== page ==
While a bit of encouragement or a small “thank you” can motivate workers to do simple tasks, such verbal praise for a complex task could rob employees of their inner drive, new research has found.
“The rewards that most people experience in relation to their day to day work are not financial, but rather verbal or written recognition from their manager,” said study co-author Rebecca Hewett, senior lecturer in human resources management at University of Greenwich in England.
“However, while managers can use these ‘verbal rewards’ — often as simple as saying ‘thank you’ —for simple or repetitive tasks, this approach can backfire for complex tasks and projects,” Hewett noted.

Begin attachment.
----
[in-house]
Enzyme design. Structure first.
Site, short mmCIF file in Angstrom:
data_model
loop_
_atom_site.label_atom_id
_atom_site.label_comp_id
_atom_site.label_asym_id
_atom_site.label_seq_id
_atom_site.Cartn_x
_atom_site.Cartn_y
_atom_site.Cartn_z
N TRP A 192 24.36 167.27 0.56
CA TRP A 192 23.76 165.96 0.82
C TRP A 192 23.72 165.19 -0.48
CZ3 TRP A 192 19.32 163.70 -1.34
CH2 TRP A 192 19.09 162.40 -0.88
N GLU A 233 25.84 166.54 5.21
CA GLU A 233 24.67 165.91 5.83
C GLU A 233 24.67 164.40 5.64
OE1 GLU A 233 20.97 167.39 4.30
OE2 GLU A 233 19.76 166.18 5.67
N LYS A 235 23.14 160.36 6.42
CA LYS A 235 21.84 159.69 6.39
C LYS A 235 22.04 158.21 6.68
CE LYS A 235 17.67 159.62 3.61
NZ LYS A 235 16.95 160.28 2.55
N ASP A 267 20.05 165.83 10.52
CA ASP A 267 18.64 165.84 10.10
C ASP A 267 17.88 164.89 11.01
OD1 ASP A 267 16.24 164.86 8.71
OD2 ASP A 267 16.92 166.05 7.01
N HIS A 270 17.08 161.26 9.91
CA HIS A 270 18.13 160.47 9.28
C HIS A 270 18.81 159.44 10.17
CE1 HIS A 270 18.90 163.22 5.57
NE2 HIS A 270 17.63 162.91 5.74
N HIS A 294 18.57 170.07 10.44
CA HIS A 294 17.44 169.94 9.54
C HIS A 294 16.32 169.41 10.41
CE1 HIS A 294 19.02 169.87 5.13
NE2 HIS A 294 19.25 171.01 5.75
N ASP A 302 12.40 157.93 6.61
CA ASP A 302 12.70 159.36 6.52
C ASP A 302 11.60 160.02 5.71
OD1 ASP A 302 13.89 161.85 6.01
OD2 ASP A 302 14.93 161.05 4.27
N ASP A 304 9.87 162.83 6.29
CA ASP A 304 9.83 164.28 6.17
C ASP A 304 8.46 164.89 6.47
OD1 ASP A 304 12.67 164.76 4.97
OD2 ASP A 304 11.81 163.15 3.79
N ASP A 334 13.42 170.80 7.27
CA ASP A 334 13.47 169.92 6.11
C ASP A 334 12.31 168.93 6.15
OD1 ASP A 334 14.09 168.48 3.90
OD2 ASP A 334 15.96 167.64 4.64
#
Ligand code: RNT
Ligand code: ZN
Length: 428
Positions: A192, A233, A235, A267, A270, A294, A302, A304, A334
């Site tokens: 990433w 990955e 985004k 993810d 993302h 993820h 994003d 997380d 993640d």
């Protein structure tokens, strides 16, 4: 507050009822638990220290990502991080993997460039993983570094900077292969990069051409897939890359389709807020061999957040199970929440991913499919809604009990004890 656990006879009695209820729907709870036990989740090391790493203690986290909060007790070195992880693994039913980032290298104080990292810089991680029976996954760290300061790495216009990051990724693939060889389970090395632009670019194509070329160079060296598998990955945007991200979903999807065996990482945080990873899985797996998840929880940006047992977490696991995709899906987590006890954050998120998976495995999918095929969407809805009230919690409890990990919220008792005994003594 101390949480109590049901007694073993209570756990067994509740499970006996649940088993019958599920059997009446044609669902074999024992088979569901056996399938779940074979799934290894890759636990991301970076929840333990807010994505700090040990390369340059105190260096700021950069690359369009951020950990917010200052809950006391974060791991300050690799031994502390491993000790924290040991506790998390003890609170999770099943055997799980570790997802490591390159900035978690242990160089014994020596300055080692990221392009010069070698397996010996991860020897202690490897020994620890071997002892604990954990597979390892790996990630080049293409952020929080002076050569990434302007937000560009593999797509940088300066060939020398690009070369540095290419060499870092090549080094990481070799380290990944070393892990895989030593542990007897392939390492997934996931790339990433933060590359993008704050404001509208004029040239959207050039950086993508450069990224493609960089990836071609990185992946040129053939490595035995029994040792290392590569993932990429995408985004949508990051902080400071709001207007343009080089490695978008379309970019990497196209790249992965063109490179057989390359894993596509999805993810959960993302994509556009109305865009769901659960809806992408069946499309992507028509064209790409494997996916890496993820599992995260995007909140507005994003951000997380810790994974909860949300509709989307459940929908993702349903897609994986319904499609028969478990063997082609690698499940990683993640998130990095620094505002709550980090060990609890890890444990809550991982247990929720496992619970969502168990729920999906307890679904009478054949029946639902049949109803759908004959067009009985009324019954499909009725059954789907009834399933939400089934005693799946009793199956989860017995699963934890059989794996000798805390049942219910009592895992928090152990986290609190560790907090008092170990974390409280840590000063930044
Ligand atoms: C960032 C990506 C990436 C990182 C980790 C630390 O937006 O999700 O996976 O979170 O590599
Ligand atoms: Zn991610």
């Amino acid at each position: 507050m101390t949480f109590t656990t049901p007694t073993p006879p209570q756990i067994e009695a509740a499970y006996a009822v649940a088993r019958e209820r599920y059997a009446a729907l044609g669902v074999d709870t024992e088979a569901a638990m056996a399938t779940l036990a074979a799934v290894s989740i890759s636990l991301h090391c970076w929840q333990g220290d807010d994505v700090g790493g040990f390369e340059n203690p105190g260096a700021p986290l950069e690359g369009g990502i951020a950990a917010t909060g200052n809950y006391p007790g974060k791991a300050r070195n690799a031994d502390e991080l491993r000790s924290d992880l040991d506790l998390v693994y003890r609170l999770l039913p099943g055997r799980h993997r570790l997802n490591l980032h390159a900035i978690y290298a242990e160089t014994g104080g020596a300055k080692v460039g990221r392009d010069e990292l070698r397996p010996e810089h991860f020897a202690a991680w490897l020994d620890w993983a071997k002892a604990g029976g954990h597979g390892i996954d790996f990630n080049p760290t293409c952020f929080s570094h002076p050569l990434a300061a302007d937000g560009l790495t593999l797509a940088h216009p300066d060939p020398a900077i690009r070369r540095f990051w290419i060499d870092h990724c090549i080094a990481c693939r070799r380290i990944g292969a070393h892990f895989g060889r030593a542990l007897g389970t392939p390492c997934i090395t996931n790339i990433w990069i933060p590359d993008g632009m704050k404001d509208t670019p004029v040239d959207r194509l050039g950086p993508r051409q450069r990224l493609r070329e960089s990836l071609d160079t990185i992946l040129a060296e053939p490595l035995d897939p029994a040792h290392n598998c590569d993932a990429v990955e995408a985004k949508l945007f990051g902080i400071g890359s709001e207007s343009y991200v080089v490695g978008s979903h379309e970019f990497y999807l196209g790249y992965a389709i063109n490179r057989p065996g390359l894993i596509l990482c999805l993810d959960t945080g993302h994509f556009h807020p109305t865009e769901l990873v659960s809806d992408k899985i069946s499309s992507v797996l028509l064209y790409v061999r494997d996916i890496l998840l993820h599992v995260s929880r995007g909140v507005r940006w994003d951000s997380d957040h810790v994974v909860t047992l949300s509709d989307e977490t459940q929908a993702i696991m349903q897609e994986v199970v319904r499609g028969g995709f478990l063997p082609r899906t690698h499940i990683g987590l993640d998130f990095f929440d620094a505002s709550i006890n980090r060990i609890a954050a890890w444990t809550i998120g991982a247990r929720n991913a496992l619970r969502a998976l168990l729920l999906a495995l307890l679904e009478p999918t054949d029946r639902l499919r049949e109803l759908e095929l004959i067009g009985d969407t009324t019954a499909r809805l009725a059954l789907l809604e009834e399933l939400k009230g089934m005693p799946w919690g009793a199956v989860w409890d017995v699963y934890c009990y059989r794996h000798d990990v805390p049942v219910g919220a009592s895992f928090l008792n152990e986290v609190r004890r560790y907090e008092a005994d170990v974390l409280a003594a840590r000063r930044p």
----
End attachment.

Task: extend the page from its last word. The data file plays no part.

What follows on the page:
“That is likely to be because the latter are interesting enough in <g data-gr-id="19">themselves</g> to be <g data-gr-id="20">motivating,</g> so that extra encouragement is unwanted. In fact, it can even rob staff of their own inner drive,” she explained.
The researchers asked respondents to complete a short questionnaire at the end of their working day, each day for two weeks. They answered questions about a specific task that they had spent significant time on that <g data-gr-id="27">day,</g> and reported their motivation and any rewards that they expected to receive. The research found that individuals reported lower intrinsic motivation if they expected to receive a verbal reward for a complex task — in other words, they enjoyed the task less, and had a reduced desire to do it. For simple tasks, on the other hand, respondents’ intrinsic motivation was higher when they expected a verbal reward—probably because if the task in itself is not motivating, then the extra encouragement is helpful.
The study was published in the Journal of Organisational Behaviour.